How did this happen? It is believed that the contamination occurred at the Peanut Butter Corporation's Blakey, Ga. plant (now closed). At least, a very similar strain of this bacteria was found in a crack in the floor, near where the pallets were stored. Mind you, that still doesn't explain how it got into the vats. What, the roasted peanuts, peanut butter or paste landed on the floor and were then scooped up and put back into the containers? My guess is that this is not the end of the story. There will probably be more twists and turns, as usual. Stay tuned... We are on the case.
I have given up my favorite peanut-butter oatmeal bars, and am avoiding chocolates with peanut butter (sigh...), just in case. At least it is good for that belly bulge that arrived during the holidays. At the rate things are going, what is not on the recall list today, will probably be there tomorrow. I am just glad that I am not in some nursing home, hospital, university or school with food service that received the large tubs of contaminated peanut butter. Several people in long-term care facilities have become ill, and of course, any additional illness is worse for them than for those of us that are healthy.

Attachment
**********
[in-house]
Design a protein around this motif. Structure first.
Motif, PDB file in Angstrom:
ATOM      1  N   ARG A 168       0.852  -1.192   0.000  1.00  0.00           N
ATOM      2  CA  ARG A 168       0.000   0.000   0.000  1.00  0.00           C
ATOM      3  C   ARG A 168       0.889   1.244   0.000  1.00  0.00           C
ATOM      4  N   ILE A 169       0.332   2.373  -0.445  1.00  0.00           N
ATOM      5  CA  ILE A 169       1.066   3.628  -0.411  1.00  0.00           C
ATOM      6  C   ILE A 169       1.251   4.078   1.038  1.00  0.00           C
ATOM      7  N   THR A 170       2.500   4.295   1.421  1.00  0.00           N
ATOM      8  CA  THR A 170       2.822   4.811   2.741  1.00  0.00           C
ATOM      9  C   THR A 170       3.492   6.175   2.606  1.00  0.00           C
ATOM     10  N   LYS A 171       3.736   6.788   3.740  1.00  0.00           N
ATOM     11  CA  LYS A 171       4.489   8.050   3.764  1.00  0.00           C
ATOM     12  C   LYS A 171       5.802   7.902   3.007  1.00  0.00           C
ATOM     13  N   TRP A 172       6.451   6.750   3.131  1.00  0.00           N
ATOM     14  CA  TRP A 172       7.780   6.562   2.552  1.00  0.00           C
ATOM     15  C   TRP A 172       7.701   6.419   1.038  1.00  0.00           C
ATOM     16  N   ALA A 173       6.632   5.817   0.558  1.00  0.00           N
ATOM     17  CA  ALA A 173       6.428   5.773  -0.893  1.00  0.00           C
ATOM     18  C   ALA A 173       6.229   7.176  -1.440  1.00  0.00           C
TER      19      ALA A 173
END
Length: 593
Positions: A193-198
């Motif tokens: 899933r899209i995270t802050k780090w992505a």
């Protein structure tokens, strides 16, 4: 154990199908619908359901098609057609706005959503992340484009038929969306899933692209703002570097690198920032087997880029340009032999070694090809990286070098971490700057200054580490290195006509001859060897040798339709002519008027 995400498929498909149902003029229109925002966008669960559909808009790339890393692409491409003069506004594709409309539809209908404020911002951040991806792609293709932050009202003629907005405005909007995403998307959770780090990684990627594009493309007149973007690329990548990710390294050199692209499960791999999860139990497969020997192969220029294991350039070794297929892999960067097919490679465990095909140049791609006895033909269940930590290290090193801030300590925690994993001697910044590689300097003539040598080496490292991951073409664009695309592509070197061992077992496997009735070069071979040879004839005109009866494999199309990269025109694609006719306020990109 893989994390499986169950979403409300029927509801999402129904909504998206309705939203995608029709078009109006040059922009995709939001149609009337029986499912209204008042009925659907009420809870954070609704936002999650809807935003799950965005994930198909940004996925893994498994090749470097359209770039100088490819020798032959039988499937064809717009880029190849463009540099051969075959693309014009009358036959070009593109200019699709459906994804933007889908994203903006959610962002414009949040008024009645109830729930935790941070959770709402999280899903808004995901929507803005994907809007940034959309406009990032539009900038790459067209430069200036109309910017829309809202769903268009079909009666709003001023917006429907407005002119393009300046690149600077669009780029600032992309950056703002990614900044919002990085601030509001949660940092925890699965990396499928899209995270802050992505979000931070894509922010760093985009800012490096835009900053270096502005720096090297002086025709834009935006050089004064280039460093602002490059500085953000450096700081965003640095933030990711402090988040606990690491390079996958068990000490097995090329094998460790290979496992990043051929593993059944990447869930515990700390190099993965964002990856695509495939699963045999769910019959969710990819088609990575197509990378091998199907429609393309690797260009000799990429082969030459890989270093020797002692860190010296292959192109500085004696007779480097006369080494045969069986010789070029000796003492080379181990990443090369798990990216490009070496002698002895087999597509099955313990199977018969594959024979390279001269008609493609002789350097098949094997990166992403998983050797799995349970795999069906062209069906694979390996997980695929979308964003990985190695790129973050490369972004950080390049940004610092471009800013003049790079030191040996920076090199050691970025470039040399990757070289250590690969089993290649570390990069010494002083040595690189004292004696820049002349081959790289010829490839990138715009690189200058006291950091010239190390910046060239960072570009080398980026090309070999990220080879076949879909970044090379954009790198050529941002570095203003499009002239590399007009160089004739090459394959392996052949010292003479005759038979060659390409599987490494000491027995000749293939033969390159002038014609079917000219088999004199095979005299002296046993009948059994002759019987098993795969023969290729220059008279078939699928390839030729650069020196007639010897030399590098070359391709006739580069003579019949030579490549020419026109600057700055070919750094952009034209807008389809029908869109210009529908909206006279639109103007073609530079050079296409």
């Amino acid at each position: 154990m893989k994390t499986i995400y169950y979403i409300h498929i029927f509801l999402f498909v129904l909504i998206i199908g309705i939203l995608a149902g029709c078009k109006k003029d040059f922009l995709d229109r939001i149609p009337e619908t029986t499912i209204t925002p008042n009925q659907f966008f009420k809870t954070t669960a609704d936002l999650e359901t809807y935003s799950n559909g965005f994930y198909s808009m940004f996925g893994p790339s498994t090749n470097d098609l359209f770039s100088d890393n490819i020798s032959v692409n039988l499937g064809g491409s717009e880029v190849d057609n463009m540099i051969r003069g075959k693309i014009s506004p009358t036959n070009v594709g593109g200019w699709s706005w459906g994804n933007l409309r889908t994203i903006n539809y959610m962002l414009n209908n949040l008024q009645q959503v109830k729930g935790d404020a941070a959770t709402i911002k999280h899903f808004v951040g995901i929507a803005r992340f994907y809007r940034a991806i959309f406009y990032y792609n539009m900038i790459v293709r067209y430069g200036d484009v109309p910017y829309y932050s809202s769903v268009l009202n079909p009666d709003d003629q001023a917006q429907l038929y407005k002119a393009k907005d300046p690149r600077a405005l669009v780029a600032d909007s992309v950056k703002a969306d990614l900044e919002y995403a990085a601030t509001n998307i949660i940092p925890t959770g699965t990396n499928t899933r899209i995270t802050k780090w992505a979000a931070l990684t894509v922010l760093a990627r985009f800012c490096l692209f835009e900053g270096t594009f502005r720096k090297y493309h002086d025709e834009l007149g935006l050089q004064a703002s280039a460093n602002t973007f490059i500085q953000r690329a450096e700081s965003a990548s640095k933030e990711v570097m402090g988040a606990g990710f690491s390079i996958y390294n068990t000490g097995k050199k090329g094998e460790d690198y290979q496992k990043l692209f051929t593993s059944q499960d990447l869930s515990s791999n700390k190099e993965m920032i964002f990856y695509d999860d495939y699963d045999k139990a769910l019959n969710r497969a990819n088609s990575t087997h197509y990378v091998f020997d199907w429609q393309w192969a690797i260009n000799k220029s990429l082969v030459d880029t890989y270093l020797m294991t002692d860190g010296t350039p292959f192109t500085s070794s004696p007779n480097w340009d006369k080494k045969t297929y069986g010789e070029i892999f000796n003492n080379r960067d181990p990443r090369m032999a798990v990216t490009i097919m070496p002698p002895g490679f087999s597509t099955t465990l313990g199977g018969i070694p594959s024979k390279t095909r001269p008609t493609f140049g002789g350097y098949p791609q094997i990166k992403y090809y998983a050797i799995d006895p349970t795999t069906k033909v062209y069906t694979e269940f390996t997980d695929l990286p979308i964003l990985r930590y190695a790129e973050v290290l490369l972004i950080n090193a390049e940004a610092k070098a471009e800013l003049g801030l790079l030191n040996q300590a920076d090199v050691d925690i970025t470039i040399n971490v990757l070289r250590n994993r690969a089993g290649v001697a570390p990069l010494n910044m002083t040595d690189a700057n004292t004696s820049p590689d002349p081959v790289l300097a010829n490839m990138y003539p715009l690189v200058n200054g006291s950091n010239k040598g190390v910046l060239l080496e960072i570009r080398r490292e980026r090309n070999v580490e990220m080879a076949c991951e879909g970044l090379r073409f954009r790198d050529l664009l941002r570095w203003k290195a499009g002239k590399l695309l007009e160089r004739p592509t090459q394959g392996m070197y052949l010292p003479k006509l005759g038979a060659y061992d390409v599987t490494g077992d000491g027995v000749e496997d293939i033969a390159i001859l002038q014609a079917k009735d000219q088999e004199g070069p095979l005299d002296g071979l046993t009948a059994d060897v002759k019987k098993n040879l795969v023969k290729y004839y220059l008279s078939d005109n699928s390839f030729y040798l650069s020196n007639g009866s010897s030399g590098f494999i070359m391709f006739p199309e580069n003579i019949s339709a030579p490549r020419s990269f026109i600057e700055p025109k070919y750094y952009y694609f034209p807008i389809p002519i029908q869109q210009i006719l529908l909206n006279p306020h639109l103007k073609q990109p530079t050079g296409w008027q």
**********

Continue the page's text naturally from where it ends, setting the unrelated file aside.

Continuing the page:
The nonprofit National Peanut Board says Americans eat 700 million pounds of this yummy stuff every year. Apparently millions of pounds have been recalled. If peanut butter follows the route of the nationwide spinach outbreak in 2006 or the 2007 tomato scare (no, not tomato but Jalapeno and Serrano pepper) , we are going to be eating a lot less of it in the future - at least for a few years. Poor Peanut Corporation of America. Plus the others that produce it. This little bacteria is going to cost them.
The list of suspect products is too long to reproduce. The growing list of recalls is on: http://www.fda.gov/oc/opacom/hottopics/salmonellatyph.html. This list has now expanded to include some pet treats as well - not so dangerous for Fido, but could be if a child handles the treat and then does not wash his or her hands afterwards before eating. Most likely not all the recalled products are contaminated, but all the small producers did use peanut butter or paste from the suspect factory in making them.
But there is a bright side - at least until we know otherwise. Apparently some peanut butter/paste products are safe for us to eat. Here are some of the companies that are swearing they don't use any peanut paste or butter from the Blakey plant in making their goodies, and, unless we find out otherwise, it is perfectly safe to eat them.
- See's Candies of California, Hershey, Rees's and Russell Stover Candies.
- Kraft products such as Nabisco and Planter brands.
- Quaker Oats granola bars or snacks.
- Products of Sport protein bar company PowerBar, a division of Nestle.
- Energy Bars made by Bonk Beaker of California.
- Tiger's Milk nutrition bars made by Schiff Nutrition of Salt Lake City, Utah.